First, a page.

Get schooled on driver’s safety for older adults by expert, Alice Pomidor MD, Professor of Geriatrics at Florida State University. Whether or not older adults can continue to drive is a huge problem faced by for primary care clinicians, and will remain one until driverless cars become ubiquitous. Topics covered include: how to take a driving history, red flags, physical exam, cognitive exam, and vision assessment for driver’s safety, resources, when to refer, alternate means of transportation, and the legal repercussions of reporting…or not reporting.
Written and produced by: Matthew Watto MD and Elizabeth Garbitelli MD Candidate 2022
Editor: Matthew Watto MD
Cover Image by: Kate Grant MD
Hosts: Matthew Watto MD, Stuart Brigham MD, Paul Williams MD
Guest: Alice Pomidor MD
In-depth Show Notes
Three Clinical Scenarios Where Driving Discussion Arises
The 5 Rs for clinicians older adult driver’s safety
Can Drivers Judge Their Own Ability? Older adult drivers are poor judges of their own driving ability. Caregivers tend to be a better judge of driving capability, but only if they have witnessed a patient’s driving ability first hand. (Bixby Am J Occup Ther. 2015)
Starting the Conversation: Ask how patient got to appointment today. Then, ask if they are driving at all, even if they take alternate transportation to the office. Ask how their driving is going and for more details about driving habits. (E.g. When do you drive? Have you had any near-misses or driving scares?). Don’t assume that patients with limited physical mobility have been instructed not to drive!
Red Flags in History: Family concerns about a patient’s driving i.e. the “hallway pounce”. Recent surgery, hospitalization, or any acute event that could induce syncope or cognitive changes. Common examples include: MI, stroke, brain injury, new onset of conditions like uncontrolled afib, uncontrolled arrhythmias, orthostatic hypotension, history of falls, seizures, hypoglycemic episodes, or uncontrolled sleep apnea. We need to be addressing with all older adult patients who someday may become impaired. What’s their alternate mobility plan?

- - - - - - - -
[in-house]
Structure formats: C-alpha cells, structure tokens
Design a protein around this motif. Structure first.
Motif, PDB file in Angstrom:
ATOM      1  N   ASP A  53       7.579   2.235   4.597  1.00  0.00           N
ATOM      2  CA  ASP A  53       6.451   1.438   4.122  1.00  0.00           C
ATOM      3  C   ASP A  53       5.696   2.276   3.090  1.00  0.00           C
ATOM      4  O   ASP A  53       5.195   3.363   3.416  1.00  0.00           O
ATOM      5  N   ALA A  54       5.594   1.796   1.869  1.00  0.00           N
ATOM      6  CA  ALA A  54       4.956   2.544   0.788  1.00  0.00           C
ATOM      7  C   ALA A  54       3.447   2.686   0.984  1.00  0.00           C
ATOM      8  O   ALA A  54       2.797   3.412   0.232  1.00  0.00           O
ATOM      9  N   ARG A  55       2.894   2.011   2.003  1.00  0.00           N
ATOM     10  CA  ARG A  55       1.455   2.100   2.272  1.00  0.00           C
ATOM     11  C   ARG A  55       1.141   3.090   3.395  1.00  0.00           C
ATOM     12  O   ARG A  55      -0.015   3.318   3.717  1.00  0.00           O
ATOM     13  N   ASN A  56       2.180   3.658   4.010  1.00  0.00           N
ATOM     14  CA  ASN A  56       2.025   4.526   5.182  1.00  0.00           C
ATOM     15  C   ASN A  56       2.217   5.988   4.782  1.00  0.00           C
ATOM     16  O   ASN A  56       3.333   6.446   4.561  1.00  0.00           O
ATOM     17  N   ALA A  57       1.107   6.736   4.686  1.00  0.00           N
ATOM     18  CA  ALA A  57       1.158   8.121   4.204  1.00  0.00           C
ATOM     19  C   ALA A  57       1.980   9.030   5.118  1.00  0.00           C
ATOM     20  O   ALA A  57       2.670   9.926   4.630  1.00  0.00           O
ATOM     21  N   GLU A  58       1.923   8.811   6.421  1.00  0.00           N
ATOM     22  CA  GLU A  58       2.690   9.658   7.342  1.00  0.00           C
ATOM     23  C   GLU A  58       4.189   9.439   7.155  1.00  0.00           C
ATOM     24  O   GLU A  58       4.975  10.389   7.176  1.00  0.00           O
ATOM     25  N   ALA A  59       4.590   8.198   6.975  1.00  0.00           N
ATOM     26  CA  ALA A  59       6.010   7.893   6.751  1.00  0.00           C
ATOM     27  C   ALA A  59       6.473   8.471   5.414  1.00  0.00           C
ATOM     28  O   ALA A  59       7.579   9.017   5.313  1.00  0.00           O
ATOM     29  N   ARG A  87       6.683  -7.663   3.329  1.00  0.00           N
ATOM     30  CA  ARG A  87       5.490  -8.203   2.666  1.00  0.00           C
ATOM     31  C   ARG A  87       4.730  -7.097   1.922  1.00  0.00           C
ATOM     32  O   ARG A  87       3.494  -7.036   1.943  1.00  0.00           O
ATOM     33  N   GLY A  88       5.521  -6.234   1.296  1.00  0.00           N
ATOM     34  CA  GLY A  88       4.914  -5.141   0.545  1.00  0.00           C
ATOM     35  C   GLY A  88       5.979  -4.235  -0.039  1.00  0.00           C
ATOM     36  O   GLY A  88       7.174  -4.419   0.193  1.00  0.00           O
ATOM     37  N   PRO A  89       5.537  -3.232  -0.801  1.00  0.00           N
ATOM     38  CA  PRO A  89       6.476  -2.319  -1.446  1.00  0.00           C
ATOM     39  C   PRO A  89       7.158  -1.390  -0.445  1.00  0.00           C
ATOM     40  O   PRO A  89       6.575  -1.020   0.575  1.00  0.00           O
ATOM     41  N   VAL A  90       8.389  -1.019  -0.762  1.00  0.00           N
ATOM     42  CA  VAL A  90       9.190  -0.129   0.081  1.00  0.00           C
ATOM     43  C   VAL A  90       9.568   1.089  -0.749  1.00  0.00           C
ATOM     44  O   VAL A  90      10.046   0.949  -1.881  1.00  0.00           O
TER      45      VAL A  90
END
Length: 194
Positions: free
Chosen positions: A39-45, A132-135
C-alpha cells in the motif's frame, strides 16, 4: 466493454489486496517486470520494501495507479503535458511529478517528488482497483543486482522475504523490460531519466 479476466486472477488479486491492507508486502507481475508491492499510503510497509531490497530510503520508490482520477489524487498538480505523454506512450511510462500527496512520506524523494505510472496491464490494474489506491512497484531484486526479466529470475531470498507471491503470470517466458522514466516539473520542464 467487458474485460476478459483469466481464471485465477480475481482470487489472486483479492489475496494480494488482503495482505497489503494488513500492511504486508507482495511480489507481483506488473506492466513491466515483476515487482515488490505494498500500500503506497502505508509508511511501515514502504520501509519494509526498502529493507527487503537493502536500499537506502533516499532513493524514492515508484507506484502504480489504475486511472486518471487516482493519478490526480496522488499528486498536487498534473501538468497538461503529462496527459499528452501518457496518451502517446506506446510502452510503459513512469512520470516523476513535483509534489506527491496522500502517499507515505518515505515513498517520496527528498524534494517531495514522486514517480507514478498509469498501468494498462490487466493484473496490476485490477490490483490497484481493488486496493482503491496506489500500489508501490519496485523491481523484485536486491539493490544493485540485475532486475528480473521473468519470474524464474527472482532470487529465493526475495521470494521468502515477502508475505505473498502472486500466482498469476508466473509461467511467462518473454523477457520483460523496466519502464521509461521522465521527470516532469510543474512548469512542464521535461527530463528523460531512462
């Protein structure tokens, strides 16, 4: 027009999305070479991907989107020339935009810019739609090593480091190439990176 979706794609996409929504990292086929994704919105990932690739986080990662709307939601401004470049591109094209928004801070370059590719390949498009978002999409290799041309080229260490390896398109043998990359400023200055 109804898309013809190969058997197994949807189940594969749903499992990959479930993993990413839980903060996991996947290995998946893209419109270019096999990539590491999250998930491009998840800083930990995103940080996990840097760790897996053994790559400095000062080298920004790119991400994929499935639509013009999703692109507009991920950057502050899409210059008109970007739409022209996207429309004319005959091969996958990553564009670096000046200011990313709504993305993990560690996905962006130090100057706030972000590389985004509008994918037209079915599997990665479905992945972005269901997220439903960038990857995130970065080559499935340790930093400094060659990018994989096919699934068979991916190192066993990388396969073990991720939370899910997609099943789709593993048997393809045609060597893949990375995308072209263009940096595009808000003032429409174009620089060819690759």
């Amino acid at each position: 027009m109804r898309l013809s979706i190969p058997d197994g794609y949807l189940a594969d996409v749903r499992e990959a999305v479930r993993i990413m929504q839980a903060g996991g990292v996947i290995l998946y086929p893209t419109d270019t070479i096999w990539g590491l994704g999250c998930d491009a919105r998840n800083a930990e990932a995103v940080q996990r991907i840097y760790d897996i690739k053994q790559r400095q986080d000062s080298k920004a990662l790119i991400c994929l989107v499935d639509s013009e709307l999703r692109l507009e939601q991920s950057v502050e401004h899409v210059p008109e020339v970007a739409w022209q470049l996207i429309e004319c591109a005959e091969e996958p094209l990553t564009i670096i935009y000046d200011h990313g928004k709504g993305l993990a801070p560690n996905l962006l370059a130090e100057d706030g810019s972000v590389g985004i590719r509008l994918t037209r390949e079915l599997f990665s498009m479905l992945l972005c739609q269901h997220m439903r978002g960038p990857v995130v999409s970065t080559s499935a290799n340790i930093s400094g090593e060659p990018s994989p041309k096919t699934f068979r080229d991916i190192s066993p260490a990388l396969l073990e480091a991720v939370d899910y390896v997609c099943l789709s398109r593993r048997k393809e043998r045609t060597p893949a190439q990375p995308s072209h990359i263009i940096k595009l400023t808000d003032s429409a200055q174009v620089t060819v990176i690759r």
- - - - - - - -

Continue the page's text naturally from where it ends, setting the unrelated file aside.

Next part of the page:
The Clinical Exam
What can we do in clinic or at bedside to test a patient’s driving ability?
Musculoskeletal testing: Functional range of motion (ROM) of their arms: clasp hands behind head and hands behind back. ROM in neck: Try to turn head and put chin on each shoulder and see how well they do. “Get up and go”: Get up out of chair without using their hands, walk 10 feet and walk back and sit down. If longer than 10 seconds, then their stability/coordination should be investigated.
Vision testing: Visual acuity of 20/70 is the cutoff for most states. Also test visual field by confrontation. Alternatively, have patient abduct arms to 90 degrees and wiggle their fingers while staring straight ahead. This proves a 180 field of vision if they can see their fingers wiggle. Patients will not notice visual field loss until it gets to 70 degrees (according to Dr Pomidor), which is equivalent to putting hands behind head and keeping elbows at just outside shoulder width. Bilateral visual field deficit is unrecognized by nearly 60% of patients and is associated with double the risk for motor vehicle crash (Kilter J.L (eds) Fifth International Visual Field Symposium. Documenta Ophthalmologica Proceedings Series, vol 35.)